Wednesday, October 9, 2019

Sassafras Mountain, South Carolina, October 4, 2019.

Sassafras Mountain, SC (3,560') October 4, 2019.


Directions:  Route 178 (from I-85) to the town of Rocky Bottom to Road 199 (or F. Van Clayton Highway). Drive 5 miles up hill, park and follow a small path the rest of the way.  (This highpoint was much easier to find than anticipated.)

Visited Sassafras Mountain for the second time, this time with my friend Sandy.  

The transformation of this highpoint is remarkable - see my first report of 2009 to truly understand how far it has come.  

The broken sign has been replaced.

Nice new sign.
The wide path up is concrete, with a less steep path that is considered handicap access but it's gravel and I can't imagine a wheelchair using it.
Wide path up - I'd think wheelchairs would fare better here.

As we rounded the corner we were greeted with a black line, indicating the border of South and North Carolinas, which led to the overlook.
The black line halves the overlook structure.

Very nice overlook.

Top of the overlook with the black border.



Most impressive to me was the transformation of the cell tower area.  Below was what we found in '09.  Note the small block center of the photo next to the resting cell tower.  That's the USGS marker.

In 2009. this appeared to be an abandoned site.

Today, that USGS marker is still there, as is the small building on the right. Everything else has changed.....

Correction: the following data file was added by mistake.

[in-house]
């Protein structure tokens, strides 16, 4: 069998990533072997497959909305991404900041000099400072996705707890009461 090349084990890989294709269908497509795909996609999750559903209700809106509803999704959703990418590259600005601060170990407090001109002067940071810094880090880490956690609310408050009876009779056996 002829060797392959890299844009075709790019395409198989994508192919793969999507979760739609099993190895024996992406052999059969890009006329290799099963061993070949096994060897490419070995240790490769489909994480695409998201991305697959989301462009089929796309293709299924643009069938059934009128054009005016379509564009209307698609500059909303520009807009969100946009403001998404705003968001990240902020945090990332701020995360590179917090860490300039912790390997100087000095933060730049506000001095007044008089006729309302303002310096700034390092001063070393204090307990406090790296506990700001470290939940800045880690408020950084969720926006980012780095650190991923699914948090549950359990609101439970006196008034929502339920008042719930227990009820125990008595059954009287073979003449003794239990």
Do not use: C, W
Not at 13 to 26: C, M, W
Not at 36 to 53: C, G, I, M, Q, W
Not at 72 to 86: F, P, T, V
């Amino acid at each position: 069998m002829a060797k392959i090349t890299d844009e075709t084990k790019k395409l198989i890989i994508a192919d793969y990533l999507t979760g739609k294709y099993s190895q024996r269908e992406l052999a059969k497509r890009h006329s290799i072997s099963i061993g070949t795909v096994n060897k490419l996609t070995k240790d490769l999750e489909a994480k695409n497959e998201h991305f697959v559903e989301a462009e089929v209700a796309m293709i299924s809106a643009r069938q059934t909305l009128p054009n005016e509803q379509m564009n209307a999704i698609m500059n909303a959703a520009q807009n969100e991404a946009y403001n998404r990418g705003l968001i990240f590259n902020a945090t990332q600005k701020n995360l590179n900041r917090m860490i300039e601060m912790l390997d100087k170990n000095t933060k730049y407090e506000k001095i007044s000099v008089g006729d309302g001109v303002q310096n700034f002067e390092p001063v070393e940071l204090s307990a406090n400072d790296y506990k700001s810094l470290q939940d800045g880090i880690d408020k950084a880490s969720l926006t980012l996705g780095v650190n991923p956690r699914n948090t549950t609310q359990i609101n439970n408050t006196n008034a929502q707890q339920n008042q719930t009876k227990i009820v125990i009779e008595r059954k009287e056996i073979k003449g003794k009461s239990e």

Same view in 2019.


In 2010 the land was transferred and is under the care of the South Carolina Department of Natural Resources.   Thanks to Duke Energy, the Harry Hampton Memorial Wildlife Fund, Pickens County, the Felburn Foundation, the SC Heritage Trust and private donors, this highpoint received the honor it deserves.

Randy works for DNR as steward here - and snake catcher!

AT Approach/Len Foote Hike Inn Loop, Georgia, September 21, 2019

Appalachian Trail (AT) Approach/Len Foote Hike Inn Loop, Dawsonville, Georgia, 9/21/19


Mileage: 10.3 miles (loop)

Elevation gain: 2195'

Directions to trailhead: Hike begins at Amicalola Falls State Park, 418 Amicalola Falls State Park Rd, Dawsonville. From Ellijay, take GA 52 East approximately 20 miles.  Entrance is on the left. There is a $5 fee to park.  

To access the trailhead via car take a left at the Visitor Center (onto Top of the Falls Road) and then take the second right to a group of parking lots.  Park in the third (and highest) lot.  Trailhead is well signed.




The Appalachian Trail Approach is a 7.3 mile trail that begins at beautiful Amicalola Falls State Park and ends at the summit of Springer Mountain - the Springer Mountain summit marks the start of the AT, a south-to-north 2,192 mile long-distance path. AT hikers can choose to reach Springer via this trail, though not required as it's not part of the AT.